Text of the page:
C1836
 (1856)

Map of Port Phillip from the Survey of Mr. Wedge and others

Mapmaker:

John Helder Wedge (1793 - 1872)

Rare map of Port Phillip based on the very rare separately issued map printed in 1836, lithographed by J.G.Austin and published by R. Clint, 15 Bridge Street, Sydney. When first issued this was the first published map to show European … Read Full Description

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S/N: PPAP-001-VIC–227158
(R004)
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Details

Full Title:

Map of Port Phillip from the Survey of Mr. Wedge and others

Date:

C1836
 (1856)

Mapmaker:

John Helder Wedge (1793 - 1872)

Condition:

Small repaired tear to right sheet edge, as usual, otherwise in good condition.

Technique:

Hand coloured lithograph.

Image Size: 

383mm 
x 315mm
AUTHENTICITY
Map of Port Phillip from the Survey of Mr. Wedge and others - Antique Print from 1836

Genuine antique
dated:

1856

Description:

Rare map of Port Phillip based on the very rare separately issued map printed in 1836, lithographed by J.G.Austin and published by R. Clint, 15 Bridge Street, Sydney. When first issued this was the first published map to show European settlement of early Melbourne.

The map shows the 600,000 acres ‘acquired’  by Batman’s Port Phillip Association from the Aboriginals and the field notes and surveys made by John Wedge between 1835-6.

In February 1835 a large expedition was organized by the surveyor-general, George Frankland, to explore the country lying between the Derwent, Gordon and Huon Rivers. As leader of one of the parties Wedge proved a resourceful, intelligent bushman, and covered much difficult ground. He won Frankland’s praise for his energy in the Survey Department whose staff was overworked, but he was eager for promotion and came to believe that his hopes were being frustrated by nepotism at the Colonial Office. In his survey work Wedge had often visited John Batman at Kingston, and together they planned an expedition across Bass Strait. When Batman returned from his first visit in 1835 Wedge resigned from the Survey Department and crossed to Port Phillip where he explored along the Barwon River and surveyed the 600,000 acres (242,814 ha) ‘acquired’ by Batman’s Port Phillip Association from the Aboriginals. He opposed the forceful removal of John Pascoe Fawkner’s party by its rivals, and played an important part in the founding of Melbourne.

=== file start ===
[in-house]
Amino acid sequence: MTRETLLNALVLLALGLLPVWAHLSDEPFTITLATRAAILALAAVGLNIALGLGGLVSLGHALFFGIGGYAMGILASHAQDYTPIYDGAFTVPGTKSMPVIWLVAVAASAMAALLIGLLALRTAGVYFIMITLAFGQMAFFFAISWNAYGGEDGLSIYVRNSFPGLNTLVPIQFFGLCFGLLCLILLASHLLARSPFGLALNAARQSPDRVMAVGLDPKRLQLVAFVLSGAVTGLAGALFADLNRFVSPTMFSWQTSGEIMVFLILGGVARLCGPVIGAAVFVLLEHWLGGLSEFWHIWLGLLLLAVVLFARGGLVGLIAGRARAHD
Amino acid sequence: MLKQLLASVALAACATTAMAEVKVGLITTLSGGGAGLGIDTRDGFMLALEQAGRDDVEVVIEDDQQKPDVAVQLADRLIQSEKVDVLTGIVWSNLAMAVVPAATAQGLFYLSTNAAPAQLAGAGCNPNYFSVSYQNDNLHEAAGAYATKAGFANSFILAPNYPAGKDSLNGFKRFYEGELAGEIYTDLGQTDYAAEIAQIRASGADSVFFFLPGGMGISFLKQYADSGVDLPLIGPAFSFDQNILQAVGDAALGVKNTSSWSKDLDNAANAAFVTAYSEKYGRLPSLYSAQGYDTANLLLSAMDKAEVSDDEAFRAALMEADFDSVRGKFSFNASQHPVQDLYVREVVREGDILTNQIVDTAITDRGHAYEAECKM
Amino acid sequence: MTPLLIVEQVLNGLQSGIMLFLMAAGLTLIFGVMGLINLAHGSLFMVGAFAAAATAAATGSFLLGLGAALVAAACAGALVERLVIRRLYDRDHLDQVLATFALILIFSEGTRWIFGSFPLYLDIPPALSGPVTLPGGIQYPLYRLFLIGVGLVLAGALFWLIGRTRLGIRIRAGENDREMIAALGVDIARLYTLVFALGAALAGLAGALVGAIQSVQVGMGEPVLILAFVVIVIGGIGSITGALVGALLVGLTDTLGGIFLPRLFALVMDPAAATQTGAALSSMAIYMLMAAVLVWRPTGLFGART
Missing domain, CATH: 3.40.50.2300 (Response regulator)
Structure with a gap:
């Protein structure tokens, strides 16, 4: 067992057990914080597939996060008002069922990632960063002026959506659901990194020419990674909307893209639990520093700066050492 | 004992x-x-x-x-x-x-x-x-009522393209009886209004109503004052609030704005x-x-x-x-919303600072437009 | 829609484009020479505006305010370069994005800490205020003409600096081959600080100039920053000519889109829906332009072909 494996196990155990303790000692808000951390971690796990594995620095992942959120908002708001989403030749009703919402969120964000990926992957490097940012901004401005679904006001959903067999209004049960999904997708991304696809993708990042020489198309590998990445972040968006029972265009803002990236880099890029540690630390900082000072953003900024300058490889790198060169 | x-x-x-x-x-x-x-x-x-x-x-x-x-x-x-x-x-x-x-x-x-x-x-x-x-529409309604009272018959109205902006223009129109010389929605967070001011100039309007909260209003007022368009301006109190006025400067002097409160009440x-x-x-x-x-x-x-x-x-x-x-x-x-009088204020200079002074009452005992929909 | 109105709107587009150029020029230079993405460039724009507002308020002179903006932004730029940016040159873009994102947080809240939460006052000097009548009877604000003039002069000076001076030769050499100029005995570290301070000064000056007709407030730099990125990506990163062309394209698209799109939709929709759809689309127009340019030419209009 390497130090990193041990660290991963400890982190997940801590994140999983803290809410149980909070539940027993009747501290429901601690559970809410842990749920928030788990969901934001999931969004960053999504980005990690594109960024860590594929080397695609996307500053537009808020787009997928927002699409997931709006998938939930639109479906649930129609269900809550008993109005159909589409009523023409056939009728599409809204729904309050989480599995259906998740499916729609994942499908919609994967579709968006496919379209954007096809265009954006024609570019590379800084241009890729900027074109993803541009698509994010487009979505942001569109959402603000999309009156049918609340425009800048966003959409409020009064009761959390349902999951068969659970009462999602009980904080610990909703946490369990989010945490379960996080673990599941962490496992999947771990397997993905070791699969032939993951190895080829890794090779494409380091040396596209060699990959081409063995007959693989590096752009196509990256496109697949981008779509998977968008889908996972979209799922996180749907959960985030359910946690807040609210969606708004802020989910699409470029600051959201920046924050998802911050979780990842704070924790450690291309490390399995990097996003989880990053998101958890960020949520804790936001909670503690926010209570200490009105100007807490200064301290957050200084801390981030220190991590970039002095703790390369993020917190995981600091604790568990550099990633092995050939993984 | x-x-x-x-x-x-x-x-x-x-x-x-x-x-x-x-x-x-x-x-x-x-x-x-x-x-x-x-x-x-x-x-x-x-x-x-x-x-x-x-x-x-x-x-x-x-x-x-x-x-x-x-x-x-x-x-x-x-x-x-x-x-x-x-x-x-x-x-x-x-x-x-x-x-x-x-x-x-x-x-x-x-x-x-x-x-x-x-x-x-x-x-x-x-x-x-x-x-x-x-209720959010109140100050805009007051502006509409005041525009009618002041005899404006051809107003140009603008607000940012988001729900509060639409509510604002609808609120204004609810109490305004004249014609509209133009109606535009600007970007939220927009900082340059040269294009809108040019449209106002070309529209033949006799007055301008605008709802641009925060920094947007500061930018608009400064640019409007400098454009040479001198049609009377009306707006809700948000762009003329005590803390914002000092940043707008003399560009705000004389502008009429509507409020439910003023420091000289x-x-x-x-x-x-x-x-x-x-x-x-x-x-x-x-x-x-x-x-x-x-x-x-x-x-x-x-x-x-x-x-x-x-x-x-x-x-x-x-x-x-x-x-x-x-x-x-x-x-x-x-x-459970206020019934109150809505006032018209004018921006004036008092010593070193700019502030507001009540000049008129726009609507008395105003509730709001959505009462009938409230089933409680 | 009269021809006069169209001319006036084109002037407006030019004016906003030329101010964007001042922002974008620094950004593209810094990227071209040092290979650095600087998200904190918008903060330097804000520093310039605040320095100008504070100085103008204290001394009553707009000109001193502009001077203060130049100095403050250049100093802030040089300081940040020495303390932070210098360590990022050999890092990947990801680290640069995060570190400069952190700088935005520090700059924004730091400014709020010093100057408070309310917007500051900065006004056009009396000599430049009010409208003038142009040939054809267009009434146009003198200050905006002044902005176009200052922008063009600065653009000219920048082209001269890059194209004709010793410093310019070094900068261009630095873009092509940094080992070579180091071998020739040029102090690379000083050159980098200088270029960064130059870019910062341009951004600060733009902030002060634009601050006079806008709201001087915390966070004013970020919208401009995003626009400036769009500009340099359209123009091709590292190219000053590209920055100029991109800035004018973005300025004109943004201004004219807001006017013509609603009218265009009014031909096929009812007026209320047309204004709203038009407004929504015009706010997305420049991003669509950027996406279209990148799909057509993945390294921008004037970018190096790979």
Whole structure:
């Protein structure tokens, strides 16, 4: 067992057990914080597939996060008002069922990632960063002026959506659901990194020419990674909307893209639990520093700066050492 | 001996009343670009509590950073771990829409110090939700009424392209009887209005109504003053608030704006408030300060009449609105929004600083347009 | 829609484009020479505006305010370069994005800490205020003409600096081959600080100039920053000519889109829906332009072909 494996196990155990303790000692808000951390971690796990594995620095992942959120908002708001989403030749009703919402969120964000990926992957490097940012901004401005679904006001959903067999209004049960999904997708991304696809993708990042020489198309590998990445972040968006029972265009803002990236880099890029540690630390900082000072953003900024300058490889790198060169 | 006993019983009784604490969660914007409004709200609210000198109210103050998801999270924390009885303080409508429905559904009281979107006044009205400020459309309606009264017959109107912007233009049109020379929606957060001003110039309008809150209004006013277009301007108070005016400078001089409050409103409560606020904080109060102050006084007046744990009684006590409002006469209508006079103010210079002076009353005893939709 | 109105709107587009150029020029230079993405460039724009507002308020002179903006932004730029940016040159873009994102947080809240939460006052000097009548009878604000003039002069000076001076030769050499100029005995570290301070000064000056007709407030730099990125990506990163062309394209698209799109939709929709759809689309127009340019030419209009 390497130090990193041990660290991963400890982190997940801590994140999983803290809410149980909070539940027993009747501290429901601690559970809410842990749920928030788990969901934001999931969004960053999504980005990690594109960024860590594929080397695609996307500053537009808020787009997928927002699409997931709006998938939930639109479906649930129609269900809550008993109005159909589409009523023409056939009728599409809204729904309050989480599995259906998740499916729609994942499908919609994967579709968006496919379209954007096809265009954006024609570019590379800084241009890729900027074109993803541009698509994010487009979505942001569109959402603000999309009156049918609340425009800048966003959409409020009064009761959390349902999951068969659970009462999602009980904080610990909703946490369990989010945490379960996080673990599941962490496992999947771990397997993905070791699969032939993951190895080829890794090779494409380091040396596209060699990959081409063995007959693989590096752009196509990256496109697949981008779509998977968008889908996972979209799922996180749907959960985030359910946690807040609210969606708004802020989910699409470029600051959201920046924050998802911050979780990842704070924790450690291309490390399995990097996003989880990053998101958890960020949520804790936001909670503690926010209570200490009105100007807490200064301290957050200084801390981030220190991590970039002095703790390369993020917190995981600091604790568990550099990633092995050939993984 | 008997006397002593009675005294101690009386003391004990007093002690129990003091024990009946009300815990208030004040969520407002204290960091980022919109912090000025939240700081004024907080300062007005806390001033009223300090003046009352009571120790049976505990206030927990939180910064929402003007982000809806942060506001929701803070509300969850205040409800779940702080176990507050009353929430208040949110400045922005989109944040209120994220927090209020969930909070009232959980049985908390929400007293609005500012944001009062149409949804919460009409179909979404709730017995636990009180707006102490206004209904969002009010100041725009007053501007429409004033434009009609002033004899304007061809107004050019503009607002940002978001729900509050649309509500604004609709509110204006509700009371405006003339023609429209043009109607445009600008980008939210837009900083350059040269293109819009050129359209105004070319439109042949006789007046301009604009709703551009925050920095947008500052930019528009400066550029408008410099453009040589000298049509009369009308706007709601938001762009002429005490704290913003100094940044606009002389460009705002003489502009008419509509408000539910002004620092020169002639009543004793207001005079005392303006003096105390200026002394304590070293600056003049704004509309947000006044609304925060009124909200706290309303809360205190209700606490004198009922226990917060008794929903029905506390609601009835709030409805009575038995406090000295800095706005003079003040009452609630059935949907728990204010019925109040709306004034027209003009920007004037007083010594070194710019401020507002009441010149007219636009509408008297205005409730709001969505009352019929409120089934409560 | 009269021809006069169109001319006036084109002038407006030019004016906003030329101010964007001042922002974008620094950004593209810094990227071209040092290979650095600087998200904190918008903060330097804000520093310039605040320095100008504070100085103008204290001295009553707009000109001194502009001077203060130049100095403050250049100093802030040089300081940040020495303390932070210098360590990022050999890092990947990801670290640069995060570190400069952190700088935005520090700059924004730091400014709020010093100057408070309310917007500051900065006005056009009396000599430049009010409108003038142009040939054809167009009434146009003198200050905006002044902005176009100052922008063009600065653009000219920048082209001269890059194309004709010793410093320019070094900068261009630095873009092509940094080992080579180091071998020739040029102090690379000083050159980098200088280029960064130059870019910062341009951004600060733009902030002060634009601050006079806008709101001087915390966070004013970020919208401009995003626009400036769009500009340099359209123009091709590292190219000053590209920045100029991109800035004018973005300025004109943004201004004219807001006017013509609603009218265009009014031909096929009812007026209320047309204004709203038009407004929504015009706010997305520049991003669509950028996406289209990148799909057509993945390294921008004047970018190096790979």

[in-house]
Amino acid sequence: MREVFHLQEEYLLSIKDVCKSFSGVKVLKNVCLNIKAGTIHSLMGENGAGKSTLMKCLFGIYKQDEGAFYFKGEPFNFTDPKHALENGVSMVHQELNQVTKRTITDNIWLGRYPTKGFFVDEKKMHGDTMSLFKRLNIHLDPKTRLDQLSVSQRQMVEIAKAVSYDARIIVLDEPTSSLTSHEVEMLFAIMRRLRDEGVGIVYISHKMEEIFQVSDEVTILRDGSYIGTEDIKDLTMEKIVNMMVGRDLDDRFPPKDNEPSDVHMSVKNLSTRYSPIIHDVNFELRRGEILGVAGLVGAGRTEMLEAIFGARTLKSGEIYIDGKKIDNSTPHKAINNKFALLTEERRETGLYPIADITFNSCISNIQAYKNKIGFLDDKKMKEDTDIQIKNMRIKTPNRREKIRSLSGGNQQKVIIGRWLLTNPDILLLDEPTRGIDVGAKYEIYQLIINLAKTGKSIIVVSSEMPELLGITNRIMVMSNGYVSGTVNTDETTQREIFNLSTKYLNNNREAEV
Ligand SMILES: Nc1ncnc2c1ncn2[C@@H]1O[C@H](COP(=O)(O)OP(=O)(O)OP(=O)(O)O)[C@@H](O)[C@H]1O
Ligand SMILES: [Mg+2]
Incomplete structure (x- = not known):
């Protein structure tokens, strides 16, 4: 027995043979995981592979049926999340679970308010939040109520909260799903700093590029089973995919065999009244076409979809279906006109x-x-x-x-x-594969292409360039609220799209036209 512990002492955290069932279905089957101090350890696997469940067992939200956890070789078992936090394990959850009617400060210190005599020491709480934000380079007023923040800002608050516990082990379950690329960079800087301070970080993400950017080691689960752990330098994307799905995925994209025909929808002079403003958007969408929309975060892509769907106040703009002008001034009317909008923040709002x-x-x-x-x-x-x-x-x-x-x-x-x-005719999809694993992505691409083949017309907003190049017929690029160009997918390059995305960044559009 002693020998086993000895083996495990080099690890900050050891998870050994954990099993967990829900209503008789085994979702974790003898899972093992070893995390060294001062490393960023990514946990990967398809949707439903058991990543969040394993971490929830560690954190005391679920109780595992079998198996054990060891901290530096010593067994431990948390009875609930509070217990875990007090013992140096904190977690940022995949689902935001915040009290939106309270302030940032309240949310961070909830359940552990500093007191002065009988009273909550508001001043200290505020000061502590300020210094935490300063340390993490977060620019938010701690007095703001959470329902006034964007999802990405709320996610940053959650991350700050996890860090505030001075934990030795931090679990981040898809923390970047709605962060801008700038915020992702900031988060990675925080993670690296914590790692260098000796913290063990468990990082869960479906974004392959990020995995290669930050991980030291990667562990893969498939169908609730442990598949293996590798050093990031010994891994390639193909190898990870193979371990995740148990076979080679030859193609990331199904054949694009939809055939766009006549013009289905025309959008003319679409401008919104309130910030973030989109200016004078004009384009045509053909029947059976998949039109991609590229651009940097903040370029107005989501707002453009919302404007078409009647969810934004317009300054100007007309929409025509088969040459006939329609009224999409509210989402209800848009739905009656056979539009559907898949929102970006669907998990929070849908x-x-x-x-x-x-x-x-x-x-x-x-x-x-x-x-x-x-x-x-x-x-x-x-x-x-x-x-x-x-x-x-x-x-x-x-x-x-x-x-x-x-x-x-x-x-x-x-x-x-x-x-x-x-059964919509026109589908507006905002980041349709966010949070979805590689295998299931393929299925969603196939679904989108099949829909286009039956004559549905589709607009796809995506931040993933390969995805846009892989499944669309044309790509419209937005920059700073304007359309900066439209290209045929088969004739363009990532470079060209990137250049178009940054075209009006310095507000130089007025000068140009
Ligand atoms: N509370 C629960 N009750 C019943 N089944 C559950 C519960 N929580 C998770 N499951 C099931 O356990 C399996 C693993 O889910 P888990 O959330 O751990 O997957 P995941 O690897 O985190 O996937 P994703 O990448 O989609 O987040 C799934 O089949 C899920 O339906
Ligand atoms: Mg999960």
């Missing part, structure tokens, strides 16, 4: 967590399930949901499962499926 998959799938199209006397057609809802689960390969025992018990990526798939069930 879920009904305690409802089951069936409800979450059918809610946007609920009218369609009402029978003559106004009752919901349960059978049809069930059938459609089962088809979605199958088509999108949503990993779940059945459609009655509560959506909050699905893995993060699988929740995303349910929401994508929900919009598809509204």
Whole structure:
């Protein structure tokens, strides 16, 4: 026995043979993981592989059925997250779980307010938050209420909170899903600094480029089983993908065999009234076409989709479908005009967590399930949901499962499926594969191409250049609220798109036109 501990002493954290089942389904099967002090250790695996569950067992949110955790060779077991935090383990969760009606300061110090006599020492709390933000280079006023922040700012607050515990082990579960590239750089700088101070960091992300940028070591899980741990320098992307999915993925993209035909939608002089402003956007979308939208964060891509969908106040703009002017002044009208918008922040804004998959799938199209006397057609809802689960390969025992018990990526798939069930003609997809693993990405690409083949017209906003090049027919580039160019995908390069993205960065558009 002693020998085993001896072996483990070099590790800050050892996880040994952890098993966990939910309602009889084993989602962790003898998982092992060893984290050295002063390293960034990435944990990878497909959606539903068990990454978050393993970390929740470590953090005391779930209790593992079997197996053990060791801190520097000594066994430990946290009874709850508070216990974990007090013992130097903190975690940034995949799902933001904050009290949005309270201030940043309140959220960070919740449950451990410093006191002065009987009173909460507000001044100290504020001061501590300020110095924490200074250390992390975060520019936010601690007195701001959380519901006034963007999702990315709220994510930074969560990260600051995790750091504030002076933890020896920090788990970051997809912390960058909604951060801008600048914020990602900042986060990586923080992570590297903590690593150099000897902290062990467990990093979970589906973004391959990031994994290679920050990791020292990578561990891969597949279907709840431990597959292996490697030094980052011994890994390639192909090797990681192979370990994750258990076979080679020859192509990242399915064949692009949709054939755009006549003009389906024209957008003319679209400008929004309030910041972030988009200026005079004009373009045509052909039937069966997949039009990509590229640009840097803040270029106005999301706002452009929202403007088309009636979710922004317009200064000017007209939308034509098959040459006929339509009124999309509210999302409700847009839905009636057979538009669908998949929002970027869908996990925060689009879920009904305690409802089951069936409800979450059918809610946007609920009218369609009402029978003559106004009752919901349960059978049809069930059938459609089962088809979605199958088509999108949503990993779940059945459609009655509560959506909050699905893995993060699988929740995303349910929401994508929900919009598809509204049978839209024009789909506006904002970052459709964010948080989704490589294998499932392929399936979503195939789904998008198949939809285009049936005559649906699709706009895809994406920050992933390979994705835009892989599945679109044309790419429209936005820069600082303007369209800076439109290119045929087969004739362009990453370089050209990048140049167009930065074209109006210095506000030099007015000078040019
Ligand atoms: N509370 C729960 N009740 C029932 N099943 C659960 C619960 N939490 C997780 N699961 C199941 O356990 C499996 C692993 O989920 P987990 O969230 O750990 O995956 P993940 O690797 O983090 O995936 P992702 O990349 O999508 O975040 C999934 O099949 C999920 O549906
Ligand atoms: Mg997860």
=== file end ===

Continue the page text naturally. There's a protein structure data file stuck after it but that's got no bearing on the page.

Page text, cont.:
References: NLA, Australia in Maps 2008, p.104-105, ill. p.105 (1836 issue)

Biography:

John Helder Wedge (1793-1872)

Surveyor and explorer, the second son of Charles Wedge of Shudy Camps, Cambridge, England, from whom he learned the rudiments of his profession. Losses during the post-war depression in agriculture induced Wedge and his brother Edward to migrate to Van Diemen’s Land, where they arrived in 1824 in the Heroine

Before leaving London he had obtained an appointment in the colony as assistant surveyor. Wedge led many arduous expeditions through heavily timbered mountainous country in the north-east and central highlands. He was sent to the far north-west in 1828 to examine the lands of the Van Diemen’s Land Co. Wedge reported much rich soil in the heavily timbered area but the company wanted pasture land immediately available and disputed the accuracy of his map.

In his survey work Wedge had often visited John Batman at Kingston, and together they planned an expedition across Bass Strait. When Batman returned from his first visit in 1835 Wedge resigned from the Survey Department and crossed to Port Phillip where he explored along the Barwon River and surveyed the 600,000 acres (242,814 ha) acquired by Batman’s Port Phillip Association from the Aboriginals. He opposed the forceful removal of John Pascoe Fawkner’s party by its rivals, and played an important part in the founding of Melbourne. He was one of the first to bring over sheep from Tasmania, to his station at Werribee. He also reported to Lieutenant-Governor (Sir) George Arthur on the wild white man, William Buckley, whose pardon he recommended, and on outrages against the Aboriginals, for whose hopeless condition he had much compassion.  

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